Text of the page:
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NASCAR-in-the-classroom? 'The Physics of NASCAR'


Dr. Diandra Leslie-Pelecky: ready to learn bump-drafting.....(Photo: Rusty Jarrett/Getty Images for NASCAR)


   By Mike Mulhern

   FORT WORTH, Texas
   Remember 'The physics of Star Trek,' the 1995 book about inertial dampeners, warp drive, tractor beams, phasers, and other quantum mechanics' 'how-do-they-do-it'?
  Well, beam me up, Scotty, here's one about 'The physics of NASCAR,' and these Detroit-lineage starships-on-wheels.
   Dr. Diandra Leslie-Pelecky, a physics professor at the University of Texas at Dallas, has just published the book, funded in part by the National Institutes of Health, the Department of Energy, and the National Science Foundation.
   The book works with a 12-chapter on-line video series, at http://science360.gov/ that is designed to help improve science scores among high school students – by bringing NASCAR racing into the classroom.
   Not a bad PR angle.
   Not a bad high school angle either.
   The various segments use Jeff Gordon and crew chief Steve Letarte, Carl Edwards and chief engineer Chris Andrews, Brian Vickers, Nick Hughes and Michael Waltrip, and a number of other NASCAR figures to explain some of the science behind NASCAR's speed.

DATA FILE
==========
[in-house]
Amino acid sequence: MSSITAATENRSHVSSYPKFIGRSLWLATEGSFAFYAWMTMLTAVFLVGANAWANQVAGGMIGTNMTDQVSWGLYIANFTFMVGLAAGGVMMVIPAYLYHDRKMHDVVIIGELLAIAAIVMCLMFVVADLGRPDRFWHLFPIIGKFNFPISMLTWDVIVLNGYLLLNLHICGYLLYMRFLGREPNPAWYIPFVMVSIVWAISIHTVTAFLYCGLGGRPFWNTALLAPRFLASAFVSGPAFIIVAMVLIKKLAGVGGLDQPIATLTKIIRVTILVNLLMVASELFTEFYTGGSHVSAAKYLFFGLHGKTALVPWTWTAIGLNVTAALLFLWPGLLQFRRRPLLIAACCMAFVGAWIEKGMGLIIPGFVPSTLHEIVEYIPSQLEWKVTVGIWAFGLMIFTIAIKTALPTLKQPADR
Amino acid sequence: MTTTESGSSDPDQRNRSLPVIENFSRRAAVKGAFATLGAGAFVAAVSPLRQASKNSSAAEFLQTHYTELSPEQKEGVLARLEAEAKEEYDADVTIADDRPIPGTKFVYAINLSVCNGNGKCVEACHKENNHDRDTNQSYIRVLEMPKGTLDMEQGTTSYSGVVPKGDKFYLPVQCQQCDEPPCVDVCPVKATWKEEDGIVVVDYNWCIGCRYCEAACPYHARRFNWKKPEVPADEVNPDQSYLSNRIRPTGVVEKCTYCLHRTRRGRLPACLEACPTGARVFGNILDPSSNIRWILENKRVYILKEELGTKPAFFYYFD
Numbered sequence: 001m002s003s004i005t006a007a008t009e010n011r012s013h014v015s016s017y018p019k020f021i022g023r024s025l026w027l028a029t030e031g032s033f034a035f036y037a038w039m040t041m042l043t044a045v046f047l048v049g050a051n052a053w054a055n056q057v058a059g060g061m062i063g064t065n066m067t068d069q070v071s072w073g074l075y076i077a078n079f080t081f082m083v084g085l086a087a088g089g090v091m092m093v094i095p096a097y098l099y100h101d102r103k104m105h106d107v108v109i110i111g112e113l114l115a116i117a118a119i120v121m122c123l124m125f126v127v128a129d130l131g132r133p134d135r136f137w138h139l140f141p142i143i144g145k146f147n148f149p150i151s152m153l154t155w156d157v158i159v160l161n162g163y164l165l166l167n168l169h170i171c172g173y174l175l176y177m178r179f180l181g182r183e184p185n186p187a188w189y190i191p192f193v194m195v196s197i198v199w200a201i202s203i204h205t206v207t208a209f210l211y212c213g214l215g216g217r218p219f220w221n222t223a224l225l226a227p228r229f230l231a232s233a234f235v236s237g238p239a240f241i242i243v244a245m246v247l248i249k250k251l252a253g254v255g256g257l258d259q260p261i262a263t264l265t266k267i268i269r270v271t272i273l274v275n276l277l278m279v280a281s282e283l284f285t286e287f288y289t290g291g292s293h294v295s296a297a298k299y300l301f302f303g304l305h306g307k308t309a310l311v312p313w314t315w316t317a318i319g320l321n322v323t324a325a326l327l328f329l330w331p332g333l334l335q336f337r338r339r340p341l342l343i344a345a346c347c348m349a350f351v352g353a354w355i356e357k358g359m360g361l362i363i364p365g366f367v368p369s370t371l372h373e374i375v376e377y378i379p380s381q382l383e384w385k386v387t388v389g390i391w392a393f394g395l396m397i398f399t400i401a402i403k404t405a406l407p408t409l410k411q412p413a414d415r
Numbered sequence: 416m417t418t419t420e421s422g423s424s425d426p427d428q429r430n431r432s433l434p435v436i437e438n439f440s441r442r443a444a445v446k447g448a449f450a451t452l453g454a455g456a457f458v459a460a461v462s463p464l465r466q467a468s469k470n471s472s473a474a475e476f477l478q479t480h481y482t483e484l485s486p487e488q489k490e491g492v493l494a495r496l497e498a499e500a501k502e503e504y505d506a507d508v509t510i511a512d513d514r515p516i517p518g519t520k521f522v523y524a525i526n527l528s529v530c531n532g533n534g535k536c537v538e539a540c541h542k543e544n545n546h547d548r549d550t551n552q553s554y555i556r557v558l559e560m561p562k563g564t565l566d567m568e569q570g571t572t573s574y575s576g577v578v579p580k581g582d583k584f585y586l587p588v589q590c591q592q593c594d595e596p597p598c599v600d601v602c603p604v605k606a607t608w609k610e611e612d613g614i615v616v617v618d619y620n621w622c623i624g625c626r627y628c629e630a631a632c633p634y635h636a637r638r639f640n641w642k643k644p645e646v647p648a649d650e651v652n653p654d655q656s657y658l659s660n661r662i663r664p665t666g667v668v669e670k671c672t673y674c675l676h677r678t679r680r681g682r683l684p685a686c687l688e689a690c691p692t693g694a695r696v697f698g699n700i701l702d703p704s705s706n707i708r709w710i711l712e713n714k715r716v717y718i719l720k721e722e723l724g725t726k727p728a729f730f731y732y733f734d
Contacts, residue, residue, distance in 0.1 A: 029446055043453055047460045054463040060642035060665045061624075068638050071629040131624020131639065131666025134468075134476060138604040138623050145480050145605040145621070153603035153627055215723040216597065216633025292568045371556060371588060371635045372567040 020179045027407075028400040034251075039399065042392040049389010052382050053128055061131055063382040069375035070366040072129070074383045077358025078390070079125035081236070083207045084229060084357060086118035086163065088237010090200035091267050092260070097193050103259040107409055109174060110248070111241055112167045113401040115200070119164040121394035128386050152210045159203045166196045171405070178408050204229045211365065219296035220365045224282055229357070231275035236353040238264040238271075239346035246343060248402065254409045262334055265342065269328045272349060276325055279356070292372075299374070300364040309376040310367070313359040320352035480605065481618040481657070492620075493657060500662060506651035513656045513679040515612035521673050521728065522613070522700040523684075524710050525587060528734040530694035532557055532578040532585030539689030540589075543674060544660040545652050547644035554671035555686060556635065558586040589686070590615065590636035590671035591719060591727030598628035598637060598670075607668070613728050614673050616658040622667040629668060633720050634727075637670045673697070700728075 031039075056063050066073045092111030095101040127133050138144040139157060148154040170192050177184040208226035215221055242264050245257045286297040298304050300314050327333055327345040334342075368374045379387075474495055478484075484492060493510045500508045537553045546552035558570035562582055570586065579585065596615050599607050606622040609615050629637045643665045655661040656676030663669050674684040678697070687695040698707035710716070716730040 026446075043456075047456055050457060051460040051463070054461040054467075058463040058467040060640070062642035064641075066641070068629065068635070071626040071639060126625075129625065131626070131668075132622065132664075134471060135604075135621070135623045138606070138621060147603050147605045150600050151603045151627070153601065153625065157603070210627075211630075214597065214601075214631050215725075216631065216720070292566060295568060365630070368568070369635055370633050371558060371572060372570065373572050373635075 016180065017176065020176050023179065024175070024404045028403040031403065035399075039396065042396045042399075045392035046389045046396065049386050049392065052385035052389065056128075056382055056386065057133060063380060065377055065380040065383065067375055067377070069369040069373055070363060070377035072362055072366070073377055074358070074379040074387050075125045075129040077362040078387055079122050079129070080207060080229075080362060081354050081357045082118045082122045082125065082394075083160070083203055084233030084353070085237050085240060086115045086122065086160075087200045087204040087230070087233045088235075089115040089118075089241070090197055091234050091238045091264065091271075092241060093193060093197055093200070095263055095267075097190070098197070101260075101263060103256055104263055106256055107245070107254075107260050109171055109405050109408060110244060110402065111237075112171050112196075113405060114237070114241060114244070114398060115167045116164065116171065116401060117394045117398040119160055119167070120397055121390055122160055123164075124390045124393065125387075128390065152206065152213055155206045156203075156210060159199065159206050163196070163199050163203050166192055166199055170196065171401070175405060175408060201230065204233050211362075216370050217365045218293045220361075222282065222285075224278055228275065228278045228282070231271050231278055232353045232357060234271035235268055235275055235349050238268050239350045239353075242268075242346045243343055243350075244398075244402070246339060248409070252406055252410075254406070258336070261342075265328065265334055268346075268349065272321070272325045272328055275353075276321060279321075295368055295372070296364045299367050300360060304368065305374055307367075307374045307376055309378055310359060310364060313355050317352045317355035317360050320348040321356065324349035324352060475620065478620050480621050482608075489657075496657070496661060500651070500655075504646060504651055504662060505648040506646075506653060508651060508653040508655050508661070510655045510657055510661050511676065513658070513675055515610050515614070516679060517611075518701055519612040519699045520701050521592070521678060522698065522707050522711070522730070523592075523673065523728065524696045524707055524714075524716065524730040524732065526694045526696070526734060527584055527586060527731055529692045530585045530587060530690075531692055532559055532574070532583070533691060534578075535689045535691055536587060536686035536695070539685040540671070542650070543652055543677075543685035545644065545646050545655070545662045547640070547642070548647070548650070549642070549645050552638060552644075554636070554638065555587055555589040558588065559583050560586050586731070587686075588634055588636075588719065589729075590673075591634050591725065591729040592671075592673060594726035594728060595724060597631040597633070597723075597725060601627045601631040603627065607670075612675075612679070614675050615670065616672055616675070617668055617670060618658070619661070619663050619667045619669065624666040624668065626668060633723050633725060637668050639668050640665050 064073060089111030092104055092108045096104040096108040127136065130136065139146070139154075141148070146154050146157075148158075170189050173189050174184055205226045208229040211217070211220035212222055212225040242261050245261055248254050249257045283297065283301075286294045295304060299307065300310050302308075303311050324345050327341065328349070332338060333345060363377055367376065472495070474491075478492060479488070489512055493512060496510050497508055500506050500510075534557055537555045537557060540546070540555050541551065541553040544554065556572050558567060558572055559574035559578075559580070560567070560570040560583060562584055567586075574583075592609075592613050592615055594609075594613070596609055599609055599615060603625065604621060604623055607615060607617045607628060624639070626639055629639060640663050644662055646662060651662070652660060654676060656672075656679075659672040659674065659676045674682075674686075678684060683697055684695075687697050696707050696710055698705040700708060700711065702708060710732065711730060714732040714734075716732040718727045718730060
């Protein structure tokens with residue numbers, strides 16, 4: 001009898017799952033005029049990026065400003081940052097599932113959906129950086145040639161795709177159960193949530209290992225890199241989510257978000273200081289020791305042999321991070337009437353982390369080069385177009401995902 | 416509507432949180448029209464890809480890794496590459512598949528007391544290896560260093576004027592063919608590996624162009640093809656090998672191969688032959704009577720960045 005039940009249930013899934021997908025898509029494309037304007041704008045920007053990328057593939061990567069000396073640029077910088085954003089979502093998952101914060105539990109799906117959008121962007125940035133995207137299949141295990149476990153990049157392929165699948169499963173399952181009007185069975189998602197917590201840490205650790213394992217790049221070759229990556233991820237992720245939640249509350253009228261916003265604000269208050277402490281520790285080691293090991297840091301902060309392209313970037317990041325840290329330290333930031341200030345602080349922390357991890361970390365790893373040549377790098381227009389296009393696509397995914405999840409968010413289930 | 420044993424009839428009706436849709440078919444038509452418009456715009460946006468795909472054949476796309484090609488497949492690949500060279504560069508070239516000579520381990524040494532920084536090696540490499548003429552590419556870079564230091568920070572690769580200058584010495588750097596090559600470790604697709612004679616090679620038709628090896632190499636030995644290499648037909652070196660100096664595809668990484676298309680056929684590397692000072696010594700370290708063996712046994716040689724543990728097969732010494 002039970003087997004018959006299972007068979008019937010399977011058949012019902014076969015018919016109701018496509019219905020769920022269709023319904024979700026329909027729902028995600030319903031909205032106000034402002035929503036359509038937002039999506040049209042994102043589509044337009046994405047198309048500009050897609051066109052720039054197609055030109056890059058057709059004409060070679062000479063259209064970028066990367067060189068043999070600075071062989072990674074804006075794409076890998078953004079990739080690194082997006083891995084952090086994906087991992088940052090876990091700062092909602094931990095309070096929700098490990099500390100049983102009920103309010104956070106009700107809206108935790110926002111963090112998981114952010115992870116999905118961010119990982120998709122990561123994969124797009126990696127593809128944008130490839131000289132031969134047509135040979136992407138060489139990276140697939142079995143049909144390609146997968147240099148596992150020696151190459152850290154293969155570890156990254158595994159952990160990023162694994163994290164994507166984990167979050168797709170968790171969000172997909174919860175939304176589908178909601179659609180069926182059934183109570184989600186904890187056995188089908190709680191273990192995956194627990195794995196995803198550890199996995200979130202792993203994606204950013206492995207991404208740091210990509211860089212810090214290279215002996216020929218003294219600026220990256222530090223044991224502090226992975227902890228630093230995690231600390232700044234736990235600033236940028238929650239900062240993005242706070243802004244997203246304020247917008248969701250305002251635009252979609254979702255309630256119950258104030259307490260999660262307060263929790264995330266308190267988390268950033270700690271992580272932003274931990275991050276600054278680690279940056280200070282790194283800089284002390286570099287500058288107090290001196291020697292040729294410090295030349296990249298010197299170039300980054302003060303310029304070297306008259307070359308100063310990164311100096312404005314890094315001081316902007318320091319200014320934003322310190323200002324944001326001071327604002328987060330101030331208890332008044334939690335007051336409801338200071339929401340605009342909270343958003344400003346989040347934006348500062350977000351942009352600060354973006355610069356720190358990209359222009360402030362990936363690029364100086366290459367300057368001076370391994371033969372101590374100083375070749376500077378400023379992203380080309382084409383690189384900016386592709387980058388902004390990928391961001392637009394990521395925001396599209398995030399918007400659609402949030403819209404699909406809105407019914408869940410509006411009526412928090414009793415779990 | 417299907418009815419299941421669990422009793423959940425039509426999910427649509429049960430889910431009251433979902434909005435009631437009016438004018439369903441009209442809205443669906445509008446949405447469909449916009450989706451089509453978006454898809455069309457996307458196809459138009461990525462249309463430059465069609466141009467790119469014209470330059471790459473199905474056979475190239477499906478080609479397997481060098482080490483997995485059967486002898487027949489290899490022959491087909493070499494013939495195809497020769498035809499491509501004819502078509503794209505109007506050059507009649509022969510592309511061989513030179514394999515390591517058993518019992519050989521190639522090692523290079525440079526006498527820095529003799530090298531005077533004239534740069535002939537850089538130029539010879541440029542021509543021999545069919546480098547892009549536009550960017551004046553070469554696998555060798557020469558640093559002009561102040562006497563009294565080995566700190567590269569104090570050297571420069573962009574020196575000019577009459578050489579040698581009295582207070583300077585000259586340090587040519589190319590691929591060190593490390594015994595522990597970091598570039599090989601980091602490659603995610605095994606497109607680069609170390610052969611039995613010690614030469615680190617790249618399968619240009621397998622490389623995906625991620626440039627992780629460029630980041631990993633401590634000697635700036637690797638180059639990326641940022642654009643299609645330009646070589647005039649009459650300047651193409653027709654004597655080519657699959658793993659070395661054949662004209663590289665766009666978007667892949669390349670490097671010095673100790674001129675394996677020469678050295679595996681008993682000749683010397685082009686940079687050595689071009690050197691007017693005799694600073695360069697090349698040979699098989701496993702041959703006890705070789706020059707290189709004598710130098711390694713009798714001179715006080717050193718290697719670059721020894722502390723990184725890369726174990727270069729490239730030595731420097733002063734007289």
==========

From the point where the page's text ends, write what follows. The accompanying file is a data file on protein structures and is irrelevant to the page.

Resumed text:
Considering the way some of these star drivers race, maybe they need to read a couple of chapters themselves, like the one on bump-drafting.
    Leslie-Pelecky: "You'd think 'It's a straightforward car. They just turn left. How difficult can this be?'
   "Well, it turns out it's really hard.
   "For example: we've got a new race car, and the new car needs a new tire (bigger), because we're going from a 15-inch wheel to a 17-inch wheel.
   "But you can't just make the tire wider, you have to consider 'aspect ratio,' because that's going to determine how the car behaves in the turns. So now you have to make the car taller. And that will affect the aerodynamics…and that's going to change the fine points of the suspension…which will change the vehicle dynamics. And it will change how the brakes work.
    "It's just not that easy…."
    How about NASCAR terms, like 'loose' and 'tight'?
   Well, sometimes the NASCAR Dictionary is easy to read: "If you're missing the right-front fender when you pull in the pits, then the car was tight," Vickers said with a laugh. "And if you're missing the right-rear, it was loose."
   Also playing a key role in this project was Jeff Nesbit, the director of the Office of Legislative and Public Affairs at the National Science Foundation.
   "When I first proposed this to the National Science Foundation, I got a few raised eyebrows," Nesbit said. "But then I previewed the safety videos, and they are really amazing.
   "So I can think of nothing better than a kid bored in science class watching this and suddenly saying 'Hey, I'd better start paying attention….because maybe I could grow up to be a NASCAR crew chief.'"
   "I never really understood the centrifugal forces involved here until they took me around the turns here at 160 mph," Leslie-Pelecky said.
   "Next I want to experience bump-drafting to understand that."
    "Now you need to understand that this is one of those experiments that might not go as planned…it could turn into barrel-rolling," Vickers warns with a grin.


Brian Vickers (L): Now the science of 'bump-drafting,' he tells Leslie-Pelecky (C), isn't always classroom-pretty. NSF's Jeff Nesbit (R) gets the drift (Photo: Rusty Jarrett/Getty Images for NASCAR)


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